You made your most important decision when you decided to sell digital products. Now you have another important decision. How to price your product? What price strategy to use?
Before you reach for an arbitrary number, pause and do some thinking. As you move toward the potential big-buck business of digital sales, you need to know what price will bring you the best profits. How do you decide?
I have some good news. Determining the right price for any digital product is not complicated.
Of course, you can make it as complicated as you want. You can do split A/B testing, market research, statistical analysis, customer persona development, target audience surveys, and comparative pricing. If you do that, you’ll likely come up with the perfect price range. Good for you.
But, as Chris Brogan explains:
“Pricing is always kind of random.”
Besides, all those complicated-sounding marketing moves that I mentioned in the paragraph above either require a lot of time or money. That’s time and money that you’re losing by delaying going to market with your product.
Thankfully, there is just a single pricing rule that will reduce the randomness, while giving you the assurance that the price is right. I’m going to explain this rule, and provide a few disclaimers at the end.
The golden rule for selling digital products: Price high.
Those who have made it big in the digital sales industry all say the same thing — make it expensive. You see, “expensive” is a relative term. If someone really wants your product, they will pay for it.
This works particularly well in the ebook industry. I once paid $25 for a 80-something page PDF on Evernote. Why? Because I’m an Evernote fanboy, and I wanted to know how to become an Evernote ninja. The price was worth it.
Chris Brogan who makes millions of dollars selling digital products, shares his secret:
“Be VERY wary of pricing your digital content really low.”
He sells an 100-page ebook for $97. People buy it.
Is that expensive? Yeah. But is it worth it? To the right people, yes.
The smartest sellers know that high prices win the day.
The mind trick of high prices.
There’s a psychology behind high prices. When something costs more, it is perceived to be of higher value. For example, people will pay more for a Breitling wristwatch than a Seiko. Why? Among other reasons, the value of a Breitling is reputably greater than a Seiko.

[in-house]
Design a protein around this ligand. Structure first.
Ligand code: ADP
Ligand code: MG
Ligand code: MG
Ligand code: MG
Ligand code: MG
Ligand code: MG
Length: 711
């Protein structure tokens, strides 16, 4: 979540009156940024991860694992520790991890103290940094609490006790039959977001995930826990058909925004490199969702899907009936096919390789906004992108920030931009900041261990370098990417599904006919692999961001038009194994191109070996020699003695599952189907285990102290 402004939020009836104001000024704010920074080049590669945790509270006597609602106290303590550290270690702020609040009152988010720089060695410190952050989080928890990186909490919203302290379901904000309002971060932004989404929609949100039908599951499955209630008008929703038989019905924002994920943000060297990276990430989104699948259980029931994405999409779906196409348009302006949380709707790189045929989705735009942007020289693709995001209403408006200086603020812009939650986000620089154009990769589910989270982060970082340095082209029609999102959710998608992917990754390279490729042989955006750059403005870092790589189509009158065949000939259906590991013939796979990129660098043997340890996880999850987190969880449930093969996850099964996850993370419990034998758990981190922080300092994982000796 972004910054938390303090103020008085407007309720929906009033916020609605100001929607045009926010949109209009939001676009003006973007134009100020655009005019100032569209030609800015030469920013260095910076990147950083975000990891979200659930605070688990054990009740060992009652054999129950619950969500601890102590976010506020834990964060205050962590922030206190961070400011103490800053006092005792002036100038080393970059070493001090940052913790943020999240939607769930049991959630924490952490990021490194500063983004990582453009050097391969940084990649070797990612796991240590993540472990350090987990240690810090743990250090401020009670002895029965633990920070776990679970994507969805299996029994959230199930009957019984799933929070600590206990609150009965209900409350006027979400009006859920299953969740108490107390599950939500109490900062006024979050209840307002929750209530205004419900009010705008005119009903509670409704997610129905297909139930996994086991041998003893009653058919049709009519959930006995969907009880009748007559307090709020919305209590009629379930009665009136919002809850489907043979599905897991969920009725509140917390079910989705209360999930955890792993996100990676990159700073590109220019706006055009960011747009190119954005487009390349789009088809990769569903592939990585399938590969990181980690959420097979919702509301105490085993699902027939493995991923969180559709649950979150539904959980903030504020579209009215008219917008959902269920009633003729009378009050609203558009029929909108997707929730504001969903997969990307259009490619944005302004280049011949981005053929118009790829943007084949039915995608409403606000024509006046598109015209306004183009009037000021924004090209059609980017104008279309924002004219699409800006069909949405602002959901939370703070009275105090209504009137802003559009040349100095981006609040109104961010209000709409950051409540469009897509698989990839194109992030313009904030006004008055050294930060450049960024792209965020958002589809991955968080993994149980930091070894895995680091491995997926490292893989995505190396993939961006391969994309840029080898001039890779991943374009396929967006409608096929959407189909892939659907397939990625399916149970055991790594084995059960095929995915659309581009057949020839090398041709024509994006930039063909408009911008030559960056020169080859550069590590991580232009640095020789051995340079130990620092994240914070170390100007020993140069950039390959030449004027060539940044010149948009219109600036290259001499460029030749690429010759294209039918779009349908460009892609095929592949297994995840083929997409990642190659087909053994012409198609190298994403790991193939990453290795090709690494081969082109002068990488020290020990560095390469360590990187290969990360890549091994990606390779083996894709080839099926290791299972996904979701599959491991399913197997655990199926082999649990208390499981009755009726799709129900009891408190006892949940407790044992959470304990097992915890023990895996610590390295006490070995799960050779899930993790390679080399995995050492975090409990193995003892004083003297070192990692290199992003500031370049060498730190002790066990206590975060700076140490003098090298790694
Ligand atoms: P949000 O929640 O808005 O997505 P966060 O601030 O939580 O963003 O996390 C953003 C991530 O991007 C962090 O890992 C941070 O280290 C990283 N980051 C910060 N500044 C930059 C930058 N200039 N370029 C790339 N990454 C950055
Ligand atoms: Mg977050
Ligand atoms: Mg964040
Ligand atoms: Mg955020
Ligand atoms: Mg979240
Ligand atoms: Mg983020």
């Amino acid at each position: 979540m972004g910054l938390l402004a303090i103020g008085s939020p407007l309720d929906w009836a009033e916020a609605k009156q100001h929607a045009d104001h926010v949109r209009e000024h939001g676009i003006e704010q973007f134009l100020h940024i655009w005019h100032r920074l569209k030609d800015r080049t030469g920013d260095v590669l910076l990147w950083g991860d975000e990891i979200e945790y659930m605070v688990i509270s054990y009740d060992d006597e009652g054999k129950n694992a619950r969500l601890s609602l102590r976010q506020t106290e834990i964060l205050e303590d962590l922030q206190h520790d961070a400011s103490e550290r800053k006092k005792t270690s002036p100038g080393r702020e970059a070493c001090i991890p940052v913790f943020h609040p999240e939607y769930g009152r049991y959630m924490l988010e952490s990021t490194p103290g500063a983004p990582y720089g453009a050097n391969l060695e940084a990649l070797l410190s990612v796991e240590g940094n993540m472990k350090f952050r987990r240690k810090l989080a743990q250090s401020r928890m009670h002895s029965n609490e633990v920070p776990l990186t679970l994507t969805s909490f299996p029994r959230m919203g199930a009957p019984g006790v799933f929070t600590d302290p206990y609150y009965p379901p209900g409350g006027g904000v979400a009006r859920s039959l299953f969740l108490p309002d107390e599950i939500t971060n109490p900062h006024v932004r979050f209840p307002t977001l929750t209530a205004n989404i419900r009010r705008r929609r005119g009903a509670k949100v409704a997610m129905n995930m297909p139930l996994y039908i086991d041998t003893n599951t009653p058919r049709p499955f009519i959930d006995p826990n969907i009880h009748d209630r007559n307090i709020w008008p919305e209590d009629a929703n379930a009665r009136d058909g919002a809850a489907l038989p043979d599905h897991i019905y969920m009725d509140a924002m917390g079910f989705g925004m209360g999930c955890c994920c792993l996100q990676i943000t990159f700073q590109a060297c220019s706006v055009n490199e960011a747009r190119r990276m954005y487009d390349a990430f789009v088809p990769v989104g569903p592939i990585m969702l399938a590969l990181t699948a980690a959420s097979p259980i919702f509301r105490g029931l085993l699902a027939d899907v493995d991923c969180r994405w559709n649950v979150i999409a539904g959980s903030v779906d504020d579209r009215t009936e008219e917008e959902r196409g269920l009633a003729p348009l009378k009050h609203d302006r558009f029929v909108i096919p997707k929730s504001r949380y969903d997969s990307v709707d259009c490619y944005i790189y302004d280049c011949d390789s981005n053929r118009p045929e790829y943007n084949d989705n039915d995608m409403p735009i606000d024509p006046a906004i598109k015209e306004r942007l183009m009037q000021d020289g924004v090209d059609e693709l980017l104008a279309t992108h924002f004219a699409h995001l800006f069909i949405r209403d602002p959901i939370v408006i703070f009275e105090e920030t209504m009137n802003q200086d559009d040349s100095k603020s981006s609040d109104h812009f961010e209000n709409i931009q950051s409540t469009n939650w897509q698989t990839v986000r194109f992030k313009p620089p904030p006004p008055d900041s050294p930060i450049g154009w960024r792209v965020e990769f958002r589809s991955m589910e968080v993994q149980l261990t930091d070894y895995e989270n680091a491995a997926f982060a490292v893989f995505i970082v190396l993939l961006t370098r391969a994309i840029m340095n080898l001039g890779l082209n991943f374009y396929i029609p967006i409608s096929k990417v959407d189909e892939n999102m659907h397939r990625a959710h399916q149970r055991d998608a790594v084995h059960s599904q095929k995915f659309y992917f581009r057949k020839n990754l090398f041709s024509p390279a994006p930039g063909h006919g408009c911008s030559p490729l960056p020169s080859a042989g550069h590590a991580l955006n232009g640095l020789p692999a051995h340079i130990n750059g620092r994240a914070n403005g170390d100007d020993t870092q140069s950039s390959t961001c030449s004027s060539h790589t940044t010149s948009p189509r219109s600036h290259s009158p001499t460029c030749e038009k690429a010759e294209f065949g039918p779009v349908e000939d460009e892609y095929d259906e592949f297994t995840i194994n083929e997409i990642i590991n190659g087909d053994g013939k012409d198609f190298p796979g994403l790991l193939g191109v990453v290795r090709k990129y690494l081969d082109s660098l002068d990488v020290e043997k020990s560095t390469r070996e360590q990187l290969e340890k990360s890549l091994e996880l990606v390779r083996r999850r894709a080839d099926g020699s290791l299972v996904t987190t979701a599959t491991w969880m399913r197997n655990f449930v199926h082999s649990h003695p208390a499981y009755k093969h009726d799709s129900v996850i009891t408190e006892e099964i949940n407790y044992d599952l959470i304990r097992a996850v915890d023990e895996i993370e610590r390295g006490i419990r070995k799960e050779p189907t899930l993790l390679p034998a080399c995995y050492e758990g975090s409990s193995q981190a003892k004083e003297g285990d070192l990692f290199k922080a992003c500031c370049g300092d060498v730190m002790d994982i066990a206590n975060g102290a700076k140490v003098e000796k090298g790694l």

But isn’t there that component of name brand recognition? Absolutely, but most people possess that experiential response to high prices, that more expensive means better quality.
Even apart from a name brand, a higher price suggests higher value. Although you may not have the name “Chris Brogan,” or “Tim Ferriss” attached to your digital product, you nonetheless have the power of a price to sway your customer’s minds. The higher the cost, the more perceived value your product carries.
Tricking yourself with low prices.
This mind trick goes both ways. When you establish a low price point for your product you are devaluing your own product in your own mind in a subconscious way. When you tack on a paltry price tag, you’re probably not thinking to yourself, “This is a high value product. It’s worth a lot of money.”
Instead, you’re betraying your own innate cheapskate tendencies. There’s nothing wrong with being a budget-conscious spendthrift.
But there is a problem with devaluing yourself and your products. There is a problem with having little respect for yourself and your product. This kind of mentality destroys your passion and drive for your product. It erodes your confidence. It drains your optimism.
And it reduces your profit.
The myth of cheap.
I anticipate the objections. “But if my product is cheaper, won’t more people buy it? The answer is “probably yes.” Just because more people buy it, though, doesn’t mean that you’ll earn more profits. More customers do not translate into profits.
Keep these factors in mind regarding high-priced items:
The people who really want your product will pay any price, even a seemingly exorbitant price. Experienced digital sales professionals tell us that it’s painful to price products so high. But once they get over that inner resistance, they’re glad that they did it.